In 2014, Barbara participated a quilt exhibition honoring Nelson Mandela: Conscience of the Human Spirit. The exhibit, which featured over 80 quilts made in 2013 and 2014, was developed by the Michigan State University Museum and the Women of Color Quilters Network in association with quilt artists across South Africa and was showcased in July 2014 at the International Quilt Conference Africa in Johannesburg. Barbara and Ernie traveled to South Africa for the opening event.
Lessierose is an original design made for the publication, Black Hair Sophisticates. Barbara named the quilt in honor of her sister, who died at the age of 19. Photo by Guy T. In addition to her artistic achievements, Barbara is well known as a teacher. She was invited to teach quilting in Tanzania, Africa in 2012, where she spent two weeks teaching a quilting program to young men and women with the goal of providing them a marketable skill to help better their lives. In 2013 she developed a no-cost, six-week summer program in her community to teach girls and boys the basics of sewing and quilting at her studio. She also taught Baltimore Album classes for many years in the Southwest region of the U.S. with her partner Teresa Scherling.
Barbara’s most recent effort has centered around one close to her heart: her own family. She designed an original Baltimore Album-style piece titled My Family Reunion Quilt that features numerous techniques and embellishments.
“My Family Reunion Quilt started with Ancestry.com as I searched and learned about my great-grandparents and located the plantation where they lived in Waterproof, Louisiana,” Barbara says. “We visited that area and learned of the marriage certificate where my great-grandfather, a free man of color, paid $100 for my great-grandmother’s hand in 1872. We were able to copy that record and after doing the center block showing their jumping-the-broom wedding, I decided to make it a family story quilt and added the surrounding blocks to represent other family members and things that were important to me. I worked on it over the course of two-and-a-half years, doing each block with as much detail as I could work into honoring my family.” The quilt has generated so much attention that Barbara has written a book about it, which is available for purchase from her website.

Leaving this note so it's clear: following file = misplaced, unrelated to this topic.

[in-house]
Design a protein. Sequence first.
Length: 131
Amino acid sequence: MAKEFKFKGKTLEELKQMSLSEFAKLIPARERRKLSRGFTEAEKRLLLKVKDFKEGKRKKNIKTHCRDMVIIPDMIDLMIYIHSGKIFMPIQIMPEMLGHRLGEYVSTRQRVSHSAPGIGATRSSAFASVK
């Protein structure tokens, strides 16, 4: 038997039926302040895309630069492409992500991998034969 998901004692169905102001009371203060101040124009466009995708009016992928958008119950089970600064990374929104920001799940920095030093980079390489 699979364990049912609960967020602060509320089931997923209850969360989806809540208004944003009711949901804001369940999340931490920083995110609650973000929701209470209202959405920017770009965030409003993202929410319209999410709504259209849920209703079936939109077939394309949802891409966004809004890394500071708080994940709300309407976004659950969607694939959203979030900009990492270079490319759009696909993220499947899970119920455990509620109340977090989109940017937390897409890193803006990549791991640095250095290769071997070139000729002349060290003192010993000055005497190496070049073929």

Family Reunion, has won many awards and is the subject of a book that Barbara developed about making the quilt. Photo by Guy T. When asked how making quilts has influenced her life, Barbara has a ready answer: “Quilting has given me the opportunity to travel, express my ideas and tell personal stories that make us more alike than different. I spend a lot of time talking about having grown up in circumstances where the opportunities sometimes looked very limited, but I have always stretched and reached for something more. My mother always said that in order to get what you wanted, you needed to do 110% and work as hard as you could at whatever your dream might be. I feel a communal joy in working with other women, and a personal joy in creating articles of expression and comfort. I am influenced by my need to express my imagination, my heritage, my vision, and also by my need to offer something of myself through community service. For me, the art of quiltmaking allows me to accomplish all of this.”